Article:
how will the UK’s test, track and trace plan help ease lockdown

The Prime Minister Boris Johnson has announced a new Covid Alert System set-up, to be developed by a new Joint Biosecurity Centre.

The Covid Alert Level will work on a scale of one to five – a measurement system to be used in conjunction with track and trace measures such as the new NHS contact tracing app.

An NHS version of a contact tracing app is being trialed on the Isle of Wight after the Telegraph revealed the plans in April, but just 40 per cent of the population of the island have downloaded the app so far.

The contact tracing app has been billed as a key to easing social distancing measures, helping to pinpoint those who need to be in quarantine and alert people who have been in “significant contact” with those who have tested positive.

It is expected to be fully rolled out across the UK later this month. However, it has emerged that the NHS has tasked a private company to “investigate” if it can switch its contact-tracing app over to the global standard proposed by Apple and Google amid concerns over glitches and incompatibility – just days after the UK’s version launched.

Countries around the world are rushing to launch contact tracing apps to identify who an infected person has had contact with, as part of efforts to slow the spread of the coronavirus. 

From teams of “corona detectives”, to Army cadets making thousands of calls a day, here are some of the ways countries are tracing the spread of Covid-19. 

What is contact tracing?

Contact tracing is a method of preventing the spread of a disease. Health workers interview people who have been diagnosed with coronavirus and work out who they might have recently been in contact with.

They put together a timeline and network of contacts, telling other people who might have been exposed to the infected person to quarantine themselves.

The Government’s test, track and trace regime will be in place by the ‘start of June’, Michael Gove has pledged, as he said over 17,000 contact tracers have now been recruited.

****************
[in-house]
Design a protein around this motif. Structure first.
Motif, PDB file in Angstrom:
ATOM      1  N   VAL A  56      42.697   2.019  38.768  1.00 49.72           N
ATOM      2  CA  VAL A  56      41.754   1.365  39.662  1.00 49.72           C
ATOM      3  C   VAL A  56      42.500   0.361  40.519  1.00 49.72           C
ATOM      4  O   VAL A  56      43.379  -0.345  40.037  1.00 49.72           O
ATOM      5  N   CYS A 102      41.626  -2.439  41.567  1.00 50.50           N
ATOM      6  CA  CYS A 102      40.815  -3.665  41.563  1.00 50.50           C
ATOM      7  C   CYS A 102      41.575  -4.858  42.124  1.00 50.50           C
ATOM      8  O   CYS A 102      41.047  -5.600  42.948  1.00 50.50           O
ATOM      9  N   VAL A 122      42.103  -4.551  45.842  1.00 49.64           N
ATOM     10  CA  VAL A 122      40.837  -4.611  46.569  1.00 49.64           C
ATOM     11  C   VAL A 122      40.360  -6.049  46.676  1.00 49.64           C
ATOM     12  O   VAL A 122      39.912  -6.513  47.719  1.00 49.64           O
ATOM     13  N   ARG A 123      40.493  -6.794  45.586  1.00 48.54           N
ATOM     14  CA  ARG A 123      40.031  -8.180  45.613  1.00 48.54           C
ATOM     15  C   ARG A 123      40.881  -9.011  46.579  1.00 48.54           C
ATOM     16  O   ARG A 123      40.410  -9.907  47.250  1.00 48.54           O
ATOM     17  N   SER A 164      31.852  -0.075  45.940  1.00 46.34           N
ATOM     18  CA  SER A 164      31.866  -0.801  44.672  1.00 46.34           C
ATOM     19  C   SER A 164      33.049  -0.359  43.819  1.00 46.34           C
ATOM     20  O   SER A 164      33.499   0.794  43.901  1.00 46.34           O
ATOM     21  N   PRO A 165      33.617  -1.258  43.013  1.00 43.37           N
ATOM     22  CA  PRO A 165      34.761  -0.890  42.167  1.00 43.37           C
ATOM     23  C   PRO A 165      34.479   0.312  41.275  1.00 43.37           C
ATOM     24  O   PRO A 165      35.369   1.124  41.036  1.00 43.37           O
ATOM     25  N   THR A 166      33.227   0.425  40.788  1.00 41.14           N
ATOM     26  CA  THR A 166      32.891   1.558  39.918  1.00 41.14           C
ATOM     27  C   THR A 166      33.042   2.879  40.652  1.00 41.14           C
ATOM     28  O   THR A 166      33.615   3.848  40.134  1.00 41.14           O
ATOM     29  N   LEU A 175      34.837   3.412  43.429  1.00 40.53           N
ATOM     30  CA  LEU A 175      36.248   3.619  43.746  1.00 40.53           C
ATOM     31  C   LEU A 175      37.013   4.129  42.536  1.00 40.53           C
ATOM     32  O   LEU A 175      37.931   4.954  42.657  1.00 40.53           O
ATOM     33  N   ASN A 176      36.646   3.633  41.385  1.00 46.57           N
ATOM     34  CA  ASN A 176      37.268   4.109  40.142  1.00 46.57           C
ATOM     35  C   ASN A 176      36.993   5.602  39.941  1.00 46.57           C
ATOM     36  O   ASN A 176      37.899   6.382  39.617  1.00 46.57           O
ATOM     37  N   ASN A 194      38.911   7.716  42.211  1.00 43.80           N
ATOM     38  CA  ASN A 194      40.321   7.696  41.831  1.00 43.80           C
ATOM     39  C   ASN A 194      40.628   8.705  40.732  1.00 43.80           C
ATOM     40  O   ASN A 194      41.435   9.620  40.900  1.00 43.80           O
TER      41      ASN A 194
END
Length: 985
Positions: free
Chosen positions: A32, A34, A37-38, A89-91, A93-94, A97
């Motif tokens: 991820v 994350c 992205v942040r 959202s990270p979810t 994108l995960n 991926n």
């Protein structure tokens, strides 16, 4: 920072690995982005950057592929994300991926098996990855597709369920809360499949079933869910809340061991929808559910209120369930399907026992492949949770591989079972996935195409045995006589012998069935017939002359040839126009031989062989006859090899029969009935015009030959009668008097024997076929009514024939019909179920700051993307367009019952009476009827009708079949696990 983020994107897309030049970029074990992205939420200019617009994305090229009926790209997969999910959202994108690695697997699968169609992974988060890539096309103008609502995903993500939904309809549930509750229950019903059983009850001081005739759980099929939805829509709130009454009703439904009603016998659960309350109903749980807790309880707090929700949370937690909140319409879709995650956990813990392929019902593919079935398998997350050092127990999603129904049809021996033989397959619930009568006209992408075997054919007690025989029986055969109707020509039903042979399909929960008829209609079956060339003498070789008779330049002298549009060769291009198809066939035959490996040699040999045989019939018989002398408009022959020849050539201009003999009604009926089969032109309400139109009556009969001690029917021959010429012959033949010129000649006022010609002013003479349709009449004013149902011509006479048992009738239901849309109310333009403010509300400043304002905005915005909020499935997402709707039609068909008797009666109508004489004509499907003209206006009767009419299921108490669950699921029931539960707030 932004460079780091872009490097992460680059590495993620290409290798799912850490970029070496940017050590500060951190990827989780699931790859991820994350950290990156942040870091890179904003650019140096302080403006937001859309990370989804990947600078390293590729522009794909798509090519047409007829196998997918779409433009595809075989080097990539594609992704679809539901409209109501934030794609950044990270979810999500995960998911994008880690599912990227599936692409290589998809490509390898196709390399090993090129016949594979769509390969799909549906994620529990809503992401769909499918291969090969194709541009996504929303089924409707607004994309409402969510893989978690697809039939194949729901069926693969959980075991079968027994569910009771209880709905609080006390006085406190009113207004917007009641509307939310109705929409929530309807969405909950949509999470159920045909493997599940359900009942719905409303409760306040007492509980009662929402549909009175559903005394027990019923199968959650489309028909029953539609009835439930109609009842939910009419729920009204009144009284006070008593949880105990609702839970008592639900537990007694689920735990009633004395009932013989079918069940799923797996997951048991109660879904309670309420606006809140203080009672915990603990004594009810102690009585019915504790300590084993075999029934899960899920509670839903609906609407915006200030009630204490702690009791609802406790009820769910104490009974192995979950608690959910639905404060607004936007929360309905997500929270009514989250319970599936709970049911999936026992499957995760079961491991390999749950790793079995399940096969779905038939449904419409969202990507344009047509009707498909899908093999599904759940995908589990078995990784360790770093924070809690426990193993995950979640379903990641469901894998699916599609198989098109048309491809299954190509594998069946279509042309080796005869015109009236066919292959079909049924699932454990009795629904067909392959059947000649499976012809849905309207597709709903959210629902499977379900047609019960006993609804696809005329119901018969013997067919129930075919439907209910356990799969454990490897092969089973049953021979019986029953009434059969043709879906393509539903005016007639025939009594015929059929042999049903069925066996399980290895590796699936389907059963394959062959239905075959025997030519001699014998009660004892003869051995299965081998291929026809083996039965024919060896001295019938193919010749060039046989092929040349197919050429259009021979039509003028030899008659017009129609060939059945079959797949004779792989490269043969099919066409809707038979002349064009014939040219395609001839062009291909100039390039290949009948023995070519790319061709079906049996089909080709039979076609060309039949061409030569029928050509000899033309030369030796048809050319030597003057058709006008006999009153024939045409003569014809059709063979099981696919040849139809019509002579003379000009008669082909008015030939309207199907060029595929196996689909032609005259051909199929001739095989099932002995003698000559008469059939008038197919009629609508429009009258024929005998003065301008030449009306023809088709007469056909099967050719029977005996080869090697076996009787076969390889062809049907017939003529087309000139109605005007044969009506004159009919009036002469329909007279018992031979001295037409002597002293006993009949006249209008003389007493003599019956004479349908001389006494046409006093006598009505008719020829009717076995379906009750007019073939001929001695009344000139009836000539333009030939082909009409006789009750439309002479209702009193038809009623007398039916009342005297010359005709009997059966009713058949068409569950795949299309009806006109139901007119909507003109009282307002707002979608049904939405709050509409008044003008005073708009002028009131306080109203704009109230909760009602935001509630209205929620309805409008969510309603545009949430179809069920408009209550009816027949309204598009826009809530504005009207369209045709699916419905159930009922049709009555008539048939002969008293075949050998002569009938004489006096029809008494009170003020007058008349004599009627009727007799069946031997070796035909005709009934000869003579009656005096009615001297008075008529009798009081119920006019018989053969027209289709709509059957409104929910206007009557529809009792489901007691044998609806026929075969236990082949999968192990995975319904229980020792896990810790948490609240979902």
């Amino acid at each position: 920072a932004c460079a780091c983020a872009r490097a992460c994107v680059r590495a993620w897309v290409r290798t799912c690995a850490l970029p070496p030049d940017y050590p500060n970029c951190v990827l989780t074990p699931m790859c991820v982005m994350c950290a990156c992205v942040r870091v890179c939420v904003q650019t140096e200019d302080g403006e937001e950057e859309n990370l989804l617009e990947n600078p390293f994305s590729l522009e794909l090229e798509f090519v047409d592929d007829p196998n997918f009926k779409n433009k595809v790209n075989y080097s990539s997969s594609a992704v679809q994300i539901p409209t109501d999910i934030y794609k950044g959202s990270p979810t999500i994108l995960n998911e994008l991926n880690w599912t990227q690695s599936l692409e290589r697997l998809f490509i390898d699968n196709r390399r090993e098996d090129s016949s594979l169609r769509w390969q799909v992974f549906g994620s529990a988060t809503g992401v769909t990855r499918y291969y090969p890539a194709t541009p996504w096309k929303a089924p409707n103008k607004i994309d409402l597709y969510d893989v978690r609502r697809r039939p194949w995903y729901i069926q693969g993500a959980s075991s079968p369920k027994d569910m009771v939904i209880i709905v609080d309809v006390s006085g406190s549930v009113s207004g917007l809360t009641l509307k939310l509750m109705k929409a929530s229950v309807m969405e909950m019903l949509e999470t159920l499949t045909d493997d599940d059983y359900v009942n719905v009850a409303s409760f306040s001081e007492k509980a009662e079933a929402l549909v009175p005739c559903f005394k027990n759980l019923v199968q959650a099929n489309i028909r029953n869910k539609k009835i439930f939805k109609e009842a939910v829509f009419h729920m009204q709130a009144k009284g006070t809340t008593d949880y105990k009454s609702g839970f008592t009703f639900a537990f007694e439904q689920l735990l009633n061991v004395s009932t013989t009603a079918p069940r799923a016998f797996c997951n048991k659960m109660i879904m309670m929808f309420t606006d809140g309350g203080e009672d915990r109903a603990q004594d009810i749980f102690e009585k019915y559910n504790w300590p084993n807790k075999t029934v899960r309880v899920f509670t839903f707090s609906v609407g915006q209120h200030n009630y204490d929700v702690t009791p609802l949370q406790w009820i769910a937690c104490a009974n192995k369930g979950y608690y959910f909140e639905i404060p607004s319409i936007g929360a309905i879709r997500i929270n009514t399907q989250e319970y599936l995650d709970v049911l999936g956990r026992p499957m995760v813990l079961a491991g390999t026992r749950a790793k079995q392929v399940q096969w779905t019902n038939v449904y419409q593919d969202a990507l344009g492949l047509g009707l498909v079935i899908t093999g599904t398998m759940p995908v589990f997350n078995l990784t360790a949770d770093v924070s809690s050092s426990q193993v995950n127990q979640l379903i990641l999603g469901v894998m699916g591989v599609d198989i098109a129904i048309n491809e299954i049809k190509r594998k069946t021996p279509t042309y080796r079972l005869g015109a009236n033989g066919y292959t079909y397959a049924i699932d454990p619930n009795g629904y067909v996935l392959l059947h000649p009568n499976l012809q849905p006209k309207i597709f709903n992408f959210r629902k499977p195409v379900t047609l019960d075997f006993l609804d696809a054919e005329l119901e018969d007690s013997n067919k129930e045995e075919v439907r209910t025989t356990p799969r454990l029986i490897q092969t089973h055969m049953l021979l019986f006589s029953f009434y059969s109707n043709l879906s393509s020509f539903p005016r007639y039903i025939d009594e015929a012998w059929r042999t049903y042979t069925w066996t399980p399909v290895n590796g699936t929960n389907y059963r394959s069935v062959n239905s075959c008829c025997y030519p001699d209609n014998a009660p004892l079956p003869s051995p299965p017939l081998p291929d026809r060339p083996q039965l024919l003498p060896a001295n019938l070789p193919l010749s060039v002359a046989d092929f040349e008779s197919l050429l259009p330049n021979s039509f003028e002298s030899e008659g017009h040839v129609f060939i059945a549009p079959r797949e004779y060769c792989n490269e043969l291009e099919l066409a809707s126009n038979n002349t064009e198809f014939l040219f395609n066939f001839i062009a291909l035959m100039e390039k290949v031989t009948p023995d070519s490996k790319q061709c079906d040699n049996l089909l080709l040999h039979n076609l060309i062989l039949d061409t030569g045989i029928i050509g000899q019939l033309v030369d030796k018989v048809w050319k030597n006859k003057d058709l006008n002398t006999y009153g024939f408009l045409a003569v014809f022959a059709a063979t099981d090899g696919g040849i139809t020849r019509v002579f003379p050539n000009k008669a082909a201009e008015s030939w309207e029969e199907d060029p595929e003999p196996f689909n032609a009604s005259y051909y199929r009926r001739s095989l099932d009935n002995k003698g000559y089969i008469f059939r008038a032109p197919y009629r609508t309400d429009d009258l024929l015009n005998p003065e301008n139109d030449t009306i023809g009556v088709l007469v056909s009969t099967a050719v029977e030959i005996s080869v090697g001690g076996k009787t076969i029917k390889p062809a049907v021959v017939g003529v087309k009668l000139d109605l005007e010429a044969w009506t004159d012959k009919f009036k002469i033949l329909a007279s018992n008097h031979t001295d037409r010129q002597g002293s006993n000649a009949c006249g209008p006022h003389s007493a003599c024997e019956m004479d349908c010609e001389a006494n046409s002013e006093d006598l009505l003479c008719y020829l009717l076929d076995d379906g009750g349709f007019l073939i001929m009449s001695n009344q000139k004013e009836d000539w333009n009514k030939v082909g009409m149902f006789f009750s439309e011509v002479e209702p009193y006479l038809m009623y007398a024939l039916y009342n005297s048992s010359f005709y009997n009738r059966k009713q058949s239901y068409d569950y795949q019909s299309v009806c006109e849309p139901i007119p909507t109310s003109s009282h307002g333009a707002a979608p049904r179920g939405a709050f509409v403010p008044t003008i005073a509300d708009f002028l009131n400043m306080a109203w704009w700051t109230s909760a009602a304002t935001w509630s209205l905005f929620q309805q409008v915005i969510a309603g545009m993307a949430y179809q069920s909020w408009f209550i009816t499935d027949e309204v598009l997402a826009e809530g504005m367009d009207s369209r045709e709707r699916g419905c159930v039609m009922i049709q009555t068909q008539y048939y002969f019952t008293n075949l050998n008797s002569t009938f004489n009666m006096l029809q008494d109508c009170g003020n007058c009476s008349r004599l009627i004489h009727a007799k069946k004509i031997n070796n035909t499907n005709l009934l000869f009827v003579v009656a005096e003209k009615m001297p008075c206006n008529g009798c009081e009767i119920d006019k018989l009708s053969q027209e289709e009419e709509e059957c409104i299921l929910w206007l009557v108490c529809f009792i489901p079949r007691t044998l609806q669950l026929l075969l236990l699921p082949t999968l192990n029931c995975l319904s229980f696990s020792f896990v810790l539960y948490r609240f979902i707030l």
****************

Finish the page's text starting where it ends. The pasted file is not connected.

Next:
What are the UK’s plans?

The UK has launched the new Covid Alert Level system, which will signify different levels of risk posed by the virus as the outbreak continues.

The new threat scale will keep the public informed about the level of threat that the virus poses, with England currently at Level Four but expected to gradually move to Level Three.

Level Three signifies that the number of new infections is not increasing significantly, and that the ‘R number’ – reproduction rate – of the virus is below one. This will still entail lockdown measures, but with considerable relaxations of the current restrictions which have constituted the Government’s response to the virus.

Prime Minister Boris Johnson said: “We must have a world-beating system for testing potential victims, and for tracing their contacts.”

Contact tracing will be rolled out on a national basis through the use of the ‘NHSX’ contact tracing app, which notifies people who have been in “significant contact” with those who have tested positive for the disease.

It works by using Bluetooth signals to detect when two phones come close to each other, and anyone who becomes unwell with coronavirus symptoms can notify the app, which then informs other users.

What has the first contact tracing trial looked like?

The UK’s contact tracing app went live for NHS staff on the Isle of Wight.

All of the 80,000 households on the island will get a letter from the chief nurse with comprehensive information about the trial, and asking them to install the app. 

Mr Hancock said: “If you’re watching this and you live on the Isle of Wight, I have a simple message: please, download the app to protect the NHS and save lives.

“By downloading the app you are protecting your own health, the health of your loved ones, and the health of your community.”

But Professor Christophe Fraser, leading the Oxford University team developing it, has warned that 60 per cent of Britons will need to download it for it to be successful.

Fears have been raised by MPs about the potential take-up of the scheme, with David Davis citing “security concerns” over the storage of data.

The former Brexit secretary told the Telegraph: “A lot of people don’t like the idea of being tracked. The more intrusive the app is, the smaller the take-up will be.”

And security researchers have uncovered what they described as a series of security flaws in the NHS app that they said could put users’ privacy at risk and prevent self-isolate alerts being sent out.